### Different...But the Same

There are two typical ways grades are set up in a course: total points and percentage weighted. These two seem radically different, but are really the same basic thing viewed from two different perspectives.

Total points says that, for instance, there will be 1000 points during the semester. So if you earn 900 points (or more), you'll get an A. If you earn 800 to 899 points, you'll get a B. And so on...

Percentage weighting would instead say that there will be 100% available during the semester. If you earn 90% of that (or more), you'll get an A. If you earn between 80% and 90%, you'll get a B. And so on...

The tricky part is in looking at the total semester layout:

Total Points Percentage Weighted
5 Chapter Tests500 5 Chapter Tests50%
Cumulative Final200 Cumulative Final20%
Weekly Quizzes100 Weekly Quizzes10%
In-class Activities100 In-class Activities10%
Homework100 Homework10%
Total1000 Total100%

Hmm... Actually, that wasn't that tricky, either. So where does it get confusing?

Well, most teachers don't come up with an exact multiple of 10 for their points. Instead, they just have whatever points were appropriate for that semester's activities. So, the reality of it might look more like this:

Total Points Percentage Weighted
5 Chapter Tests100+80+90+120+90 = 480 5 Chapter Tests50%
Cumulative Final192 Cumulative Final20%
Weekly Quizzes7+8+7+8+9+8+5+6 = 48 Weekly Quizzes10%
In-class Activities8+12+12+7+9 = 48 In-class Activities10%
Homework9+10+10+9+10 = 48 Homework10%
Total960 Total100%

*shiver* Now the total points side looks quite scary. But it might also look like this:

Total Points Percentage Weighted
5 Chapter Tests100+80+90+120+90=480 5 Chapter Tests52%
Cumulative Final250 Cumulative Final27%
Weekly Quizzes10+10+10+10+10+10+10+10=80 Weekly Quizzes9%
In-class Activities10+15+15+10+10=60 In-class Activities7%
Homework10+10+10+10+10=50 Homework5%
Total920 Total100%

Of course those percentages aren't exact, but rounded to the nearest percent.

Now the percentages look pretty scary, too. Yet, the two sides are still [essentially] the same!

### How Do I Know What I'm Getting Along The Way?

That's the real ickiness! Let's look at a couple of examples:

#### Total Points

(Reminder of semester schedule for total points:

##### Total Points
Assignment ItemPoints It's Worth
Quiz 17
Quiz 28
Homework 19
Test 1100

Quiz 37
Activity 18
Homework 210
Test 280
Assignment ItemPoints It's Worth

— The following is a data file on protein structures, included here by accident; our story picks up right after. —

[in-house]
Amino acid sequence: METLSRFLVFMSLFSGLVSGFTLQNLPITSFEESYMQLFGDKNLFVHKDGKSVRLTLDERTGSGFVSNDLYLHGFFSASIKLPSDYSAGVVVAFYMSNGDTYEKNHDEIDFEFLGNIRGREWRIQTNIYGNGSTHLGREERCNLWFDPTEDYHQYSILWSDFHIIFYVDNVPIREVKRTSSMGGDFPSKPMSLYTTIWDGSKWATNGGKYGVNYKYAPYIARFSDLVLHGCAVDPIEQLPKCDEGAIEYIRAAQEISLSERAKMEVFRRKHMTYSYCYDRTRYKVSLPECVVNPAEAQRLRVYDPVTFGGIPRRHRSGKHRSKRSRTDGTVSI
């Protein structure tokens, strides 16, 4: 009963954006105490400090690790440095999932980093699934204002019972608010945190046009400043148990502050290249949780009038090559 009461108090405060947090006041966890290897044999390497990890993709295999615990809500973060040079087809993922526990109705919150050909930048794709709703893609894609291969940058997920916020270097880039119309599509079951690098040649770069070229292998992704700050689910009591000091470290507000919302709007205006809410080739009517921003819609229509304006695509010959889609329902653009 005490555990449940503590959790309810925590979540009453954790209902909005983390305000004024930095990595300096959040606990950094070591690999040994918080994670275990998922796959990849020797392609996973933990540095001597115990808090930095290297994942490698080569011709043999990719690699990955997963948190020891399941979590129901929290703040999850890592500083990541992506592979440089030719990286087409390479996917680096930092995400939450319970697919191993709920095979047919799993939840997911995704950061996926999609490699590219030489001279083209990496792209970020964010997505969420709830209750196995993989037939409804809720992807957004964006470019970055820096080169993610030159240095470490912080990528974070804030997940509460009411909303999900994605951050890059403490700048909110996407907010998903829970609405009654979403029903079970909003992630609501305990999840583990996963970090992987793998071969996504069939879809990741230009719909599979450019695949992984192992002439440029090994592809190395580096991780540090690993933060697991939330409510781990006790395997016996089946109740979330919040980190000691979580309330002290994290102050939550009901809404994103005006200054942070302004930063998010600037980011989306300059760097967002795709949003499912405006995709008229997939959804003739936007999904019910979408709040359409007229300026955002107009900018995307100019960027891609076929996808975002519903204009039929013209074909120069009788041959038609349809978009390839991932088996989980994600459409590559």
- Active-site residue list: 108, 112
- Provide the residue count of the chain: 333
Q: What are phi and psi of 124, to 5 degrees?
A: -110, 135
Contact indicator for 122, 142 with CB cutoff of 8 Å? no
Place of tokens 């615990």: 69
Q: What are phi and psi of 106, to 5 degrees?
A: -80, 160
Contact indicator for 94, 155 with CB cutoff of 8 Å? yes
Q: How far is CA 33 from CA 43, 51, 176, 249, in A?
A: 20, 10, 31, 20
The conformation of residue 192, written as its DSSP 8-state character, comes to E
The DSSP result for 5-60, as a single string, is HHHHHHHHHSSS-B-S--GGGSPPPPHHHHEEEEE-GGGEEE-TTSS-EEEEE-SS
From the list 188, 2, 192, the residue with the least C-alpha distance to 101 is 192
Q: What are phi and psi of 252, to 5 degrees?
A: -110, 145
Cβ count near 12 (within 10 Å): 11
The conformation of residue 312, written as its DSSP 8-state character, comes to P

Quiz 75
Activity 47
Homework 510
Test 590

Quiz 86
Activity 59
Final192
Total960
Assignment ItemPoints It's Worth
Quiz 48
Quiz 59
Activity 212
Homework 310
Test 390

Quiz 68
Activity 312
Homework 49
Test 4120

)

Let's take a typical student, say Phong. Let's take a typical class, say Trigonometry (trig). As the semester progresses, Phong finds that she's earned a 65 on the first test, gotten an 8 and a 0 on the first two quizzes, and earned a 9 on the first chapter's homework. How's Phong doing?

```    Phong earned:  65 + 8 + 0 + 9 = 82

Total possible:  100 + 10 + 10 + 10 = 130

Phong's got:  82/130 = 63%
```

#### Percentage Weighted

(Reminder of semester schedule for percentage weighting:

##### Percentage Weighted
Assignment ItemPoints It's Worth
Quiz 110/8=1.25
Quiz 210/8=1.25
Homework 110/5=2
Test 110

Quiz 310/8=1.25
Activity 110/5=2
Homework 210/5=2
Test 210
Assignment ItemPoints It's Worth
Quiz 710/8=1.25
Activity 410/5=2
Homework 510/5=2
Test 510

Quiz 810/8=1.25
Activity 510/5=2
Final20
Total100
Assignment ItemPoints It's Worth
Quiz 410/8=1.25
Quiz 510/8=1.25
Activity 210/5=2
Homework 310/5=2
Test 310

Quiz 610/8=1.25
Activity 310/5=2
Homework 410/5=2
Test 410

)

In an alternate universe, Stu is also taking trig. Stu also gets a 65 (out of 100) on the first test. But he gets a 5 and a half (out of 7) on the first quiz and a 0 (out of 8) on the second quiz. And finally, he earns 8 (out of 9) on the first homework set. How's Stu doing?

```    Stu earned:      65/100   5.5/7     0/8       8/9

Percent weight:   10%     1.25%    1.25%      2%

Stu's got:       9.25/14.5 = 63%
```

(Where'd those last numbers come from?! The 14.5 is just the total from the second line: 10+1.25+1.25+2=14.5. But the 9.25 is a little more weird. Stu got a 65 out of 100 on the first test, right? That's 65%. But that 65% only counts for 10% of his semester grade so it is really .65*10=6.5. So 6.5% of Stu's overall semester grade has been earned from that first test. (Or, similarly, Stu has lost 3.5% of his overall grade to munging up that first test.)

(Um...why did the 65% become .65 but the 10% stayed 10? Oh...er... We can do it the right way, but the numbers just become horribly nasty: .65*.1=.065. This still represents 6.5% of Stu's overall semester grade. Just it is also in decimal. *shrug* Anyway, back to the 9.25...)

Then Stu got 5.5/7≅79% on the first quiz which is 1.25% of his overall semester grade. So that represents .79*1.25≅1% of his overall semester grade.

Next came the 0/8 on the second quiz. Well, 0 out of anything is still 0% and 0% of anything is likewise 0%. So that quiz didn't do much to improve Stu's semester grade...

Finally he earned 8 out of 9 which is approximately 89% on the first homework set. That homework set counts for 2% of his overall grade, so that means his score gives him another .89*2≅1.75% of his semester grade.

Putting all of these pieces together: 6.5+1+0+1.75=9.25. So, Stu has earned 9.25 of the 14.5 percent of the overall semester grade which is approximately 63%.